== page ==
A Prussian perspective on The War Between the States
From Free North Carolina
Sebastian from Bavaria, Germany writes a book review for SNN readers about a Prussian officer who served in the Confederate Army:
Sometimes attics harbor treasures. German Brigadier General Horst Scheibert made this experience while rummaging in the attic of his family’s home. What he found, surprised him – the diary of his grandfather Justus Scheibert, one of the first war correspondents of the world, writing about his experience in the War between the States.
Justus Scheibert (1831 – 1903) was what today would be called an “embedded war correspondent”. On his mission in the name of the King of Prussia, he ate, laughed, mourned and fought for seven months with the Confederate Army of Robert E. Lee and the Cavalry of Jeb Stuart. Scheibert participated in the battles of Chancellorsville, Brandy Station and Gettysburg. He made friends with Major Heros von Borcke, perhaps the most well-known German serving on the Confederate side. Being a fortress engineer in the Prussian Army, Scheibert helped with the fortification of the beleaguered city of Charleston, SC.
It is thanks to the effort of his grandson that Scheibert’s hand-written draft of the internal army report made it into a book and was published in Germany in 1991. While Scheibert managed to publish two books on the issue after his return home back in the day, it is only the internal report published by his grandson that contains all chapters and details.
What sets this book apart from many other eyewitness reports of The War Between the States is that it was written by both a foreigner and a professional. Coming from the Prussian Army, then considered to be one of the best of the world, Scheibert clearly analyzed the strengths and weaknesses of the Confederate Army and combines personal impressions with expertise. Also enclosed are a couple of photos and some of the hand-drawn maps of battles, like sketch of the situation of the beleaguered Charleston, SC.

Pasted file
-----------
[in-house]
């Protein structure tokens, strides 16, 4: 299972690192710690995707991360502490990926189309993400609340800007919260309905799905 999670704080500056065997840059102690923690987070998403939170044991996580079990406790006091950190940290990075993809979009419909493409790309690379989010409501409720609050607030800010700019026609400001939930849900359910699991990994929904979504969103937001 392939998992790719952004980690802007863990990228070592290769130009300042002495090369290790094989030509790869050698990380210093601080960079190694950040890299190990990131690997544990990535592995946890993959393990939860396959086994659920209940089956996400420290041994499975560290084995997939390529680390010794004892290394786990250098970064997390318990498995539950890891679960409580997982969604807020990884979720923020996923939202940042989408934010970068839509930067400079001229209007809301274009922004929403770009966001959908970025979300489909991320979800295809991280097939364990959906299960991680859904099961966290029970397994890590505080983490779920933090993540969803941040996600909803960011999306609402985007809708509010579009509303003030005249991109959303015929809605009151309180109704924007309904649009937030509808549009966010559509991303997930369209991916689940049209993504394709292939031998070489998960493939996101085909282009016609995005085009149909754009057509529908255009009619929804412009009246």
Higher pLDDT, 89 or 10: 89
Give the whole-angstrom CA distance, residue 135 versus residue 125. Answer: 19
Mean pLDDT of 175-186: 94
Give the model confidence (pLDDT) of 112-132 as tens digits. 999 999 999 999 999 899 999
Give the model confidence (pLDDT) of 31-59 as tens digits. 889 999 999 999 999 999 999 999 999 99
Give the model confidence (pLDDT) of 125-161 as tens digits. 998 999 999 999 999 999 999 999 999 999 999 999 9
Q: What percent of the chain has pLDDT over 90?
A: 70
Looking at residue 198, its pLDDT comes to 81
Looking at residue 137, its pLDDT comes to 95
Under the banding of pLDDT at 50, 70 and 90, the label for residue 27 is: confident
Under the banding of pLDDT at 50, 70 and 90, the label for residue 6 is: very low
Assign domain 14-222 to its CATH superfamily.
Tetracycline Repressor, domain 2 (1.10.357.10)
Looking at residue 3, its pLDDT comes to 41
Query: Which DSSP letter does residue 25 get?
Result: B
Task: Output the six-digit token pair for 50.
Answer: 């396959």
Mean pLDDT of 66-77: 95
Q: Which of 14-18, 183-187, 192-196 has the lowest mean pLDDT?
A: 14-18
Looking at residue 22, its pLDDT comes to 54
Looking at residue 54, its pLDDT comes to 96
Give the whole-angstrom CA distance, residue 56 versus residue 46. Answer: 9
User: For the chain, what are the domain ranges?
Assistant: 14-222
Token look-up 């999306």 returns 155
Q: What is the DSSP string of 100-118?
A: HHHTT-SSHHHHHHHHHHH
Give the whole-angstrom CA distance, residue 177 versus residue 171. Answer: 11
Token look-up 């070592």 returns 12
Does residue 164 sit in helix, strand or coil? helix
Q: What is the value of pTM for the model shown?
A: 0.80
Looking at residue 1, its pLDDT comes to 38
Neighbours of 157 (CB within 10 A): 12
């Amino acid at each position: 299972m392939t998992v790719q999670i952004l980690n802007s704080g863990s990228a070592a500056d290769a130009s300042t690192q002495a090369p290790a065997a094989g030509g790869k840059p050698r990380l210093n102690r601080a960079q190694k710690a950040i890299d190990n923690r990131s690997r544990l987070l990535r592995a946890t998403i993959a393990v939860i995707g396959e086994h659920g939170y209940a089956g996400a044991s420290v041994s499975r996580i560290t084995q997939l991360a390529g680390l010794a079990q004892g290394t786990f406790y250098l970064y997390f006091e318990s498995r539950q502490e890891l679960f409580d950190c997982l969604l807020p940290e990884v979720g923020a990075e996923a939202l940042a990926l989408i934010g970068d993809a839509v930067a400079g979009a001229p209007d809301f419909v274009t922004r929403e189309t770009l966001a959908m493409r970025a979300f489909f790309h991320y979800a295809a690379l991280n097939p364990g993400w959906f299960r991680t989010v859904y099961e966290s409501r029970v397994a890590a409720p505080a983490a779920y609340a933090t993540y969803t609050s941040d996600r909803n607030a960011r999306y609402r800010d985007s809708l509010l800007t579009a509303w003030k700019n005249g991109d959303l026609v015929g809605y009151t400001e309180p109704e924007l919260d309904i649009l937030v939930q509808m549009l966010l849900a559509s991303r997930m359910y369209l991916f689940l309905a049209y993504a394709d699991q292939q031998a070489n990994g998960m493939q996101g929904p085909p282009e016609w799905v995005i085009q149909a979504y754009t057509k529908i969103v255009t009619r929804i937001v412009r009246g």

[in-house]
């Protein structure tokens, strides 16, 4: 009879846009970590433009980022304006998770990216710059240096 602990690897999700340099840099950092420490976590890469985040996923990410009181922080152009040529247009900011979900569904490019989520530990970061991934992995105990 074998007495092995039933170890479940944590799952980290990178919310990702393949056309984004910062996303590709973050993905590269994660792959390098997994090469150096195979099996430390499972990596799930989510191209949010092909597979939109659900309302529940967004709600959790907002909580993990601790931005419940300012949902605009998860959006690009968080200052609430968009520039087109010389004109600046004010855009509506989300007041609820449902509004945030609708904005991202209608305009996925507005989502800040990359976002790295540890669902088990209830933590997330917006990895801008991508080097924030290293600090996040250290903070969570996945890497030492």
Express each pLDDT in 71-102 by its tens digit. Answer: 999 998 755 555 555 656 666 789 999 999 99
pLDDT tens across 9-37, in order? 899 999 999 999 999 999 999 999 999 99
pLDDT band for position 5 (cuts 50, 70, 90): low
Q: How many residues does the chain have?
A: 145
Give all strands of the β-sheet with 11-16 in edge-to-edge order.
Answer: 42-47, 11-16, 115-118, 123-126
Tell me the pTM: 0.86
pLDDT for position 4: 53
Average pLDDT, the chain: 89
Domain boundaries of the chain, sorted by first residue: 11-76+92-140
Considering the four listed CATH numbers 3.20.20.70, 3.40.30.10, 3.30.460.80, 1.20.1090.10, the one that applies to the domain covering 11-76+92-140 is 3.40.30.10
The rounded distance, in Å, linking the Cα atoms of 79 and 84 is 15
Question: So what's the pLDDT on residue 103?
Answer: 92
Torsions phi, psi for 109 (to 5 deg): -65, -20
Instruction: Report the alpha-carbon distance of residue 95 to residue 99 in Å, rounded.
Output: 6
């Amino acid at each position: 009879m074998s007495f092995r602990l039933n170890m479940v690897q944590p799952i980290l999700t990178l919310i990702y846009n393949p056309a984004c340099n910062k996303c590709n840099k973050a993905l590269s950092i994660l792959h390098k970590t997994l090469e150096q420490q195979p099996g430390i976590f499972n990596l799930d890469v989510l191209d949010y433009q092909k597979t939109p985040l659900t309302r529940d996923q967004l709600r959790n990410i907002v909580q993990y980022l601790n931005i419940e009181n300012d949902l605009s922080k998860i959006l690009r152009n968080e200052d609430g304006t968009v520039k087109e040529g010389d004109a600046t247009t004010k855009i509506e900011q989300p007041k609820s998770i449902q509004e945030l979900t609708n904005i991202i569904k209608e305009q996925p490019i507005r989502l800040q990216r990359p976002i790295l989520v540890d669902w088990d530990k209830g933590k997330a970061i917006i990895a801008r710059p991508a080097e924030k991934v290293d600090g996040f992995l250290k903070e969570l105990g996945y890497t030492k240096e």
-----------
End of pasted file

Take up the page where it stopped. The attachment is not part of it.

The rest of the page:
His writing are not only worthy in terms of military analysis, but also as an independent description of the living conditions during the war. More so, his writings clearly reject the idea that the war was fought for the right of a few plantation owners to hold slaves or even white supremacist ideas, as it is portrayed today. Observing how “free” black folks suffered as a Pariah class on the British Bermudas, Scheibert expresses his view that an integration of black Americans as equal civilized citizens will simply take the of another generation. In his introduction, Scheibert also explains the different economic environments in the North and the South as well as the differences in immigration and society, which would eventually lead to a separation. Scheibert can’t help but to feel sympathetic to the desperate struggle of Southern people against Northern aggression.
“Im Feldlager der Konföderierten” makes an excellent gift for your German friends or for people with profound knowledge of German language and an interest in a foreigners perspective on The War Between The States.
Im Feldlager der Konföderierten, Verlag für Amerikanistik, ISBN 3-924696-66-7The attempted English translations on Google Books HERE.